Replacing meat and dairy with vegan alternatives cuts risk of heart disease by third, study finds
Replacing meat and dairy with vegan alternatives can cut your risk of heart disease down by one third, a new study has found.
It’s good news for vegans, as researchers have found that even those who occasionally dabble with a plant-based diet will see the benefits of it.
By subbing out red meat and replacing it with nuts and seeds each day, people are 30% less likely to die of a coronary heart disease.
Even if you can’t give up meat in its entirety, those who are able to swap to a plant-based diet for just 3% of their daily intake can cut their chances of dying of heart disease down by a tenth.
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The study suggests that in order to benefit people will need to reduce their intake of red meat, specifically. That doesn’t always include replacing it with nuts and seeds, people still boasted positive results by replacing it with bread, cereal or pasta.
This way of eating cut the chances of premature death by heart disease down by a quarter.
The study, by the National Cancer Institute in Maryland, USA, is a big one, too, and has been worked on over the past 16 years, analysing data from 400,000 people to determine the results.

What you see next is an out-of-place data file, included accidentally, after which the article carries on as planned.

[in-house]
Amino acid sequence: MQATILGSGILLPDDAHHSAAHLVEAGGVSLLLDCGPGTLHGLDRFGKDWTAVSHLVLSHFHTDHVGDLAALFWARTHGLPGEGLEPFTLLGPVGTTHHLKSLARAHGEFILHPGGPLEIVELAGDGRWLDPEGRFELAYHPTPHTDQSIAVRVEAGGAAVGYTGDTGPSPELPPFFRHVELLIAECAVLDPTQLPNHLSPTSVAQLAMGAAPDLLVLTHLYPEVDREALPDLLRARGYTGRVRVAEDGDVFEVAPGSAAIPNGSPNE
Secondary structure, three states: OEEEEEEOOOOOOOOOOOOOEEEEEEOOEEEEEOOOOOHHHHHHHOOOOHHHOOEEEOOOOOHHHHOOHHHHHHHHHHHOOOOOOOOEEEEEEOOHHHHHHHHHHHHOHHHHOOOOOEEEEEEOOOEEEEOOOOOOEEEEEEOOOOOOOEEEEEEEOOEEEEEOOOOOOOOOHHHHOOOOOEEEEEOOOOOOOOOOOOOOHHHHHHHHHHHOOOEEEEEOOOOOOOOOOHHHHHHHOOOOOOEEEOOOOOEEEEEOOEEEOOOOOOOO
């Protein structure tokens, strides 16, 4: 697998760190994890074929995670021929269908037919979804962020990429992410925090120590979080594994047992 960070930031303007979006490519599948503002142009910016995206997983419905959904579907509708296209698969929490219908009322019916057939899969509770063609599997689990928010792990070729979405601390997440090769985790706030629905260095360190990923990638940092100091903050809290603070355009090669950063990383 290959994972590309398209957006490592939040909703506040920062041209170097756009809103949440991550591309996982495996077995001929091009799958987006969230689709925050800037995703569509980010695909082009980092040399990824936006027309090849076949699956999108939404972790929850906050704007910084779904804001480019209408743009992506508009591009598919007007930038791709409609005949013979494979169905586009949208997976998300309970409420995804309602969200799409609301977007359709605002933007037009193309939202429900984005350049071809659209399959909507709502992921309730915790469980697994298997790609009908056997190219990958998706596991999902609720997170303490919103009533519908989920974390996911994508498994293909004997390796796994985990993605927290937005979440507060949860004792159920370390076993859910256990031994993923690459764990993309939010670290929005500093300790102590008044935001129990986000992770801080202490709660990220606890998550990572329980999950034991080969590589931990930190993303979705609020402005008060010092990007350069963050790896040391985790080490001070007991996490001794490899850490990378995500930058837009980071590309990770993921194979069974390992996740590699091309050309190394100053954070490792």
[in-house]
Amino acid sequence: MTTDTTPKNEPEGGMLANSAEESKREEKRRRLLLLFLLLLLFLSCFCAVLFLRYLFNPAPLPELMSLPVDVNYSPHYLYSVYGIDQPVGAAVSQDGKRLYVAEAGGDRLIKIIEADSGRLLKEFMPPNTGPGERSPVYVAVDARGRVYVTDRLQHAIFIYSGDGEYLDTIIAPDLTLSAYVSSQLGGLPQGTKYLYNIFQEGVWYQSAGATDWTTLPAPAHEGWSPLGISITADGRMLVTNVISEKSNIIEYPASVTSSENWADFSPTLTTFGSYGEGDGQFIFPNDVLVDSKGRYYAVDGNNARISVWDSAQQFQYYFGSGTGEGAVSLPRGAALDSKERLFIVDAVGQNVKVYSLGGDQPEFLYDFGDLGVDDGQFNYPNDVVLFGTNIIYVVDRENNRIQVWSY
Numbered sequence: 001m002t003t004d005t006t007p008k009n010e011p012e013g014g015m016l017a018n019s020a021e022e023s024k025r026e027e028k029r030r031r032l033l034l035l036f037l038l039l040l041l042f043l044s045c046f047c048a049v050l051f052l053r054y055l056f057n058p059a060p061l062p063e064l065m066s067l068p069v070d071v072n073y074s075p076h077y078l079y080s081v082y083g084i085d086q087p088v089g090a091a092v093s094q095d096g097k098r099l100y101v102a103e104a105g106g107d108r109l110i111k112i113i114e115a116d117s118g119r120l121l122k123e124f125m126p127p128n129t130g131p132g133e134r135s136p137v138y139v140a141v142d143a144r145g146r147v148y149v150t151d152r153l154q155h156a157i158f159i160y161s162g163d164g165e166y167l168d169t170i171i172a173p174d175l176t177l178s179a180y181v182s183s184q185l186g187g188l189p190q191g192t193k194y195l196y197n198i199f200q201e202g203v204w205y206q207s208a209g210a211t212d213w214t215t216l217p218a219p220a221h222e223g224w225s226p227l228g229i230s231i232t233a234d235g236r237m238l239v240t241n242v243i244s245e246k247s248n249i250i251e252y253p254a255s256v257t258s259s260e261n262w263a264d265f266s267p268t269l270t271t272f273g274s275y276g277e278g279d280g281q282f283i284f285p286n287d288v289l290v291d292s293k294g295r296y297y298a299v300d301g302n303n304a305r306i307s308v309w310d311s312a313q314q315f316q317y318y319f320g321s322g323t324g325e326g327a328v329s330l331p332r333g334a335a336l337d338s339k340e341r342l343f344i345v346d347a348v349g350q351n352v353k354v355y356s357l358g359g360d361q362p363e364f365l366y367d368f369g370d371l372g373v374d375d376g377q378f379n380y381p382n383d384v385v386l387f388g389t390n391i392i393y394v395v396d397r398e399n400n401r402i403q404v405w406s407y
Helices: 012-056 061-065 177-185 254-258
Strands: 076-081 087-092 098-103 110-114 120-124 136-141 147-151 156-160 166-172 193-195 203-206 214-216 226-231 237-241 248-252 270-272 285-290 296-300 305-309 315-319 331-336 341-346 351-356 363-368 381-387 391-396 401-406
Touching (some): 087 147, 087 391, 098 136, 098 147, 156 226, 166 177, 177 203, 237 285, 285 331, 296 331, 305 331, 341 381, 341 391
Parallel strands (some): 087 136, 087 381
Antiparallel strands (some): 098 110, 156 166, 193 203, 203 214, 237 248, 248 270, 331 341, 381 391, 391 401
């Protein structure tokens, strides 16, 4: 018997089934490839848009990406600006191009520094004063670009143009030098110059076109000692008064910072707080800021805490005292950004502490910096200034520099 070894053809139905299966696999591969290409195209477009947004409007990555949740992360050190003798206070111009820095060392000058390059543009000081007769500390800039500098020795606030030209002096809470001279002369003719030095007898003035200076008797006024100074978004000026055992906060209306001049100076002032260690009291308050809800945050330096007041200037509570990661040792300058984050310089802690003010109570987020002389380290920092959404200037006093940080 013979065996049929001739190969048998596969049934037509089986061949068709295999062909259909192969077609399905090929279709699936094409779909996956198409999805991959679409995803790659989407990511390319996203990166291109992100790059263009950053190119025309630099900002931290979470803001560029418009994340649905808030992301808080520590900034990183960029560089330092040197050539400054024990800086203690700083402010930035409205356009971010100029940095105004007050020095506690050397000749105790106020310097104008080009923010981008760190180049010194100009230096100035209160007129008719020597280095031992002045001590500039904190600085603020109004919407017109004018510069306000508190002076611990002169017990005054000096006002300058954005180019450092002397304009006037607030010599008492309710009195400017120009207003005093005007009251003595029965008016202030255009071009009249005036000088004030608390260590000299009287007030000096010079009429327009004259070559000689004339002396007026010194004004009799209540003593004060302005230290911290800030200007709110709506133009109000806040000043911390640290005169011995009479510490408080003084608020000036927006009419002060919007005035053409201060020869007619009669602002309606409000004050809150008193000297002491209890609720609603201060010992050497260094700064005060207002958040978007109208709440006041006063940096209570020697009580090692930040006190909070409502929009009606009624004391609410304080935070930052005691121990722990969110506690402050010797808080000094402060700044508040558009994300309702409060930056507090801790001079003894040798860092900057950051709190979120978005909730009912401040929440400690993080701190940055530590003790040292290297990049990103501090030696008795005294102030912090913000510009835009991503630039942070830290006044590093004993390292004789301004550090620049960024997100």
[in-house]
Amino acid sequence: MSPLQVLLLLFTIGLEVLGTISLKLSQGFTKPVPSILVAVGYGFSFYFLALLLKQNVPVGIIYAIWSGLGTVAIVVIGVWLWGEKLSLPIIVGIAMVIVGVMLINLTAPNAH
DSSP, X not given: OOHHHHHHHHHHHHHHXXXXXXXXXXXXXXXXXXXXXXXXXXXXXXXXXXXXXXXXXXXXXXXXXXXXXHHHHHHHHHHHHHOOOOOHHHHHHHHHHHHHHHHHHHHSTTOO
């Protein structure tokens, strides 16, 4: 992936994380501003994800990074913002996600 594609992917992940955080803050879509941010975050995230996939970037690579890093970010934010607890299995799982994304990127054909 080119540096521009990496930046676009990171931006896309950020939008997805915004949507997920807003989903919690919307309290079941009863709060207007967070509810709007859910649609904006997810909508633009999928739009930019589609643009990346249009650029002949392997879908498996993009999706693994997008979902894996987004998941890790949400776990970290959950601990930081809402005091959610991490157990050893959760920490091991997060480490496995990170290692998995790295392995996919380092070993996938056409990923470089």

The scientists discovered what they describe as an “inverse association” which means that the more people swapped out their meat intake for pulses and grains the lower their risk became.
Even if people were only able to manage the diet change for a little portion of every day, they would still reap more benefits than those who ate meat as part of many of their meals.
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“This large cohort investigation showed small but significant associations between higher intake of plant protein and lower overall and cardiovascular disease mortality,” Dr Demetrius Albanes, one of the authors of the study, explained.
“Prominent inverse associations were observed for replacement of egg protein and red meat protein with plant protein, particularly for plant protein derived from bread, cereal, and pasta.
“Findings from this and previous studies provide evidence that dietary modifications in choice of protein sources may promote health and longevity.”
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Last year, it was announced that veganism had grown fourfold over the past four years as vegan foods became more readily available to plant-based eaters.
Eating out used to be a problem for vegans, who made up just 0.25% of the population in 2014, but as more people opt away from meat, restaurants and fast-food chains are left behind if they don’t adapt to the UK’s new way of eating.
Much of this explains why so many restaurants and brands are releasing vegan-friendly versions of their popular meals, with brands from McDonald’s to Birds Eye cashing in on this new and growing market.